Bakeapples are yellow berries that are related to raspberries. They are more tart and have a milder taste. Bakeapples are also more firm, so they are usually cooked before eating.
These berries grow in bogs and coastal marshes in northern areas like Finland (where they are known as cloudberries) and Newfoundland. The plants are difficult to propagate, so the only access to them is in the wild. Most people who know where some grow put on some hip waders, take the boat out to a secluded marsh and spend the day filling buckets. The rareness of the berries, combined with the discomfort and difficulty of picking and cleaning them has made them very expensive to obtain. (We paid $70 CDN for one gallon last summer...and it was well worth the price)
Most people that are lucky enough to have access to bakeapples make them into jam, though I have seen bakeapple wine and bakeapple liqueur as well.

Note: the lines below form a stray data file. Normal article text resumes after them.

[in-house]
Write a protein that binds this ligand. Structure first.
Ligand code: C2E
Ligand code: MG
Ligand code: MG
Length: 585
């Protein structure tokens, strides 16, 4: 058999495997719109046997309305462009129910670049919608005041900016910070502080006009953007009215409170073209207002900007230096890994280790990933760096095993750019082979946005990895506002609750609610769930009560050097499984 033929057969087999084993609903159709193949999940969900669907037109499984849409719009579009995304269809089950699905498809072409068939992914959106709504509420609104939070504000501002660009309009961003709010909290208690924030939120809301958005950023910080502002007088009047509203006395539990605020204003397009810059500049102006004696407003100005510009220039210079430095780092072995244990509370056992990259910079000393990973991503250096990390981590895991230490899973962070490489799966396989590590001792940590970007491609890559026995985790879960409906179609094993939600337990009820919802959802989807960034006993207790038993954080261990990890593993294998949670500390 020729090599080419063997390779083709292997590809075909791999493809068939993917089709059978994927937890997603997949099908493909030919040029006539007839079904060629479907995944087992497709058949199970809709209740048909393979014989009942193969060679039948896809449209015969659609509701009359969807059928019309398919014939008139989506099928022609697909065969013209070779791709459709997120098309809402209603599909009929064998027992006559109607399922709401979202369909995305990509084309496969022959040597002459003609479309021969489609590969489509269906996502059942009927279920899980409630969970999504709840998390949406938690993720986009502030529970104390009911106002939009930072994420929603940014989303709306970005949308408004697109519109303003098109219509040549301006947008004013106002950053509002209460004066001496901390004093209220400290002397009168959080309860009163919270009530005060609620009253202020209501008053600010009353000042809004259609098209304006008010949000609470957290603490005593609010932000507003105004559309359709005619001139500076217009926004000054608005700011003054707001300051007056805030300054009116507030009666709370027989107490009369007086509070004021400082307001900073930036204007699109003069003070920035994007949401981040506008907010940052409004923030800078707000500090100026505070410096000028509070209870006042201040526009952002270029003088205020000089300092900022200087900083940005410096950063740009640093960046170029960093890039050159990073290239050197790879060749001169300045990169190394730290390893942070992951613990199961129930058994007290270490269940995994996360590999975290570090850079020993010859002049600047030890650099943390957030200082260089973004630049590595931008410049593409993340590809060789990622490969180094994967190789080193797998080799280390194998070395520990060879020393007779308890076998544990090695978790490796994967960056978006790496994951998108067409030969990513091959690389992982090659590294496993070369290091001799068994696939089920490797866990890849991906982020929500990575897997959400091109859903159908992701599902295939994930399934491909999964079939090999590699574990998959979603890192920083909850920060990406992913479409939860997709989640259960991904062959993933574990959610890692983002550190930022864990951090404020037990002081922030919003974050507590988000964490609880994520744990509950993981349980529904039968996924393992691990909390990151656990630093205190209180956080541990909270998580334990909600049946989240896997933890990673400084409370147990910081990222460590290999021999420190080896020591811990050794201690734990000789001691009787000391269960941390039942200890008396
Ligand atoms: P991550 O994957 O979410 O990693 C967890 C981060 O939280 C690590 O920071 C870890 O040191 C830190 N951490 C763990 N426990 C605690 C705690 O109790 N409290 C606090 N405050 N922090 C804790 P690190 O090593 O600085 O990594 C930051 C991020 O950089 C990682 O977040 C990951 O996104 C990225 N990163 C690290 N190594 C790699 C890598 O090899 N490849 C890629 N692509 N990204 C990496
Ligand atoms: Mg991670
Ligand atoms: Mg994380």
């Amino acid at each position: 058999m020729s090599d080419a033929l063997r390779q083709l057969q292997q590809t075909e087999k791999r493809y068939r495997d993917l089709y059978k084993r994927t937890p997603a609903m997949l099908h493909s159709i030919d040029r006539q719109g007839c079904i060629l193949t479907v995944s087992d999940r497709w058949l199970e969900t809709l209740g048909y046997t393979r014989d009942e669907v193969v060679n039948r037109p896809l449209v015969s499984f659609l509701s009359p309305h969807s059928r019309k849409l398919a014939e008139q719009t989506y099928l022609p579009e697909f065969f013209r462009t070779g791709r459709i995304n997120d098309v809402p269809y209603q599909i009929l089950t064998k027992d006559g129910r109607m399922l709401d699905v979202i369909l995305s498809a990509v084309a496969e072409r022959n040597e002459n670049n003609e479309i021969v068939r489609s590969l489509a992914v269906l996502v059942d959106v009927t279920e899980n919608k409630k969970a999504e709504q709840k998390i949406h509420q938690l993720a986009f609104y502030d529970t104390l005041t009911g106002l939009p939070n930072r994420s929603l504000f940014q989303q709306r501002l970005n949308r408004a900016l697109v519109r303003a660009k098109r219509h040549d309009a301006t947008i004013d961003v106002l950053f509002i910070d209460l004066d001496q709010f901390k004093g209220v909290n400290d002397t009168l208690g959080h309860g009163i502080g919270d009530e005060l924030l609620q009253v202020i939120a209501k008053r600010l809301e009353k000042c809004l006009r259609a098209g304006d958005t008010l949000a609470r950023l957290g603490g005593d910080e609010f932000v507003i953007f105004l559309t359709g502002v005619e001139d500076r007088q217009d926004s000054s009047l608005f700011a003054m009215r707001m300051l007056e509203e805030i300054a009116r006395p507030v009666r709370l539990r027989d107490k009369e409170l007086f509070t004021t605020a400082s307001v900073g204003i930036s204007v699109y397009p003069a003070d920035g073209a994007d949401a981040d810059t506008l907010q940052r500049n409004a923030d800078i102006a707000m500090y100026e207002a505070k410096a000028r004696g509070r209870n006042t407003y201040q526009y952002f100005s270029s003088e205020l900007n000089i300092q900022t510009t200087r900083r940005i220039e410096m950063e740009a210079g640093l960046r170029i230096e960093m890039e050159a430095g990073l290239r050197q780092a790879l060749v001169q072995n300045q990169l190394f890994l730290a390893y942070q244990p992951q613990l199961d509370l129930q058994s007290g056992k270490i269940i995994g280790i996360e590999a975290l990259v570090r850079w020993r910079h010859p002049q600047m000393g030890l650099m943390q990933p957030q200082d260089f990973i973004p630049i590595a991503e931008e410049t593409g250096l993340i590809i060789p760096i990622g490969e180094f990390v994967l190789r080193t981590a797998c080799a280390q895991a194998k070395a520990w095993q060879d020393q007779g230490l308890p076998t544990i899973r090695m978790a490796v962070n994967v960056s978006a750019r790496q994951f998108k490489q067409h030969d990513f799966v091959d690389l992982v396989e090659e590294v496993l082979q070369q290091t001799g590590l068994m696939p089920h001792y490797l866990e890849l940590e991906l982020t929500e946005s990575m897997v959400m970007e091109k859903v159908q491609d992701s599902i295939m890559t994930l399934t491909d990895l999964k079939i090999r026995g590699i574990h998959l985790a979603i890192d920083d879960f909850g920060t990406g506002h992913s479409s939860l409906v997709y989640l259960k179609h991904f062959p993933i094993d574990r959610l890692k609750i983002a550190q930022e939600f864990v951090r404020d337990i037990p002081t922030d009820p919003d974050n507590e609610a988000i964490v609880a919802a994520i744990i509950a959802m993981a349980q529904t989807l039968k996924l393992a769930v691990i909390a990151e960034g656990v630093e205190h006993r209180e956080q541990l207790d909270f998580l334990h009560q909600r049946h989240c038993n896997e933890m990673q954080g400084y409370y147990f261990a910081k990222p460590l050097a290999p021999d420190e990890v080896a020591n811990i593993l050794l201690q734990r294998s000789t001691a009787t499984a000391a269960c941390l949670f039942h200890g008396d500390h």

1 lb. washed fresh bakeapples
3/4 lb. sugar
Put the berries (which have been hulled and washed) in a large pot with the sugar poured over top. Let stand overnight. Next Day: Add 1/4 cup of water and slowly bring the mixure to a boil. Simmer for 15-30 minutes. When done, pour into sterilized mason jars for processing while still hot.(Mom says to taste the berries to see if they are soft enough...YMMV)
Two of the best things in the world are bakeapple jam on plain cheesecake, and fresh bread which is spread with Fussell's Cream and bakeapple jam.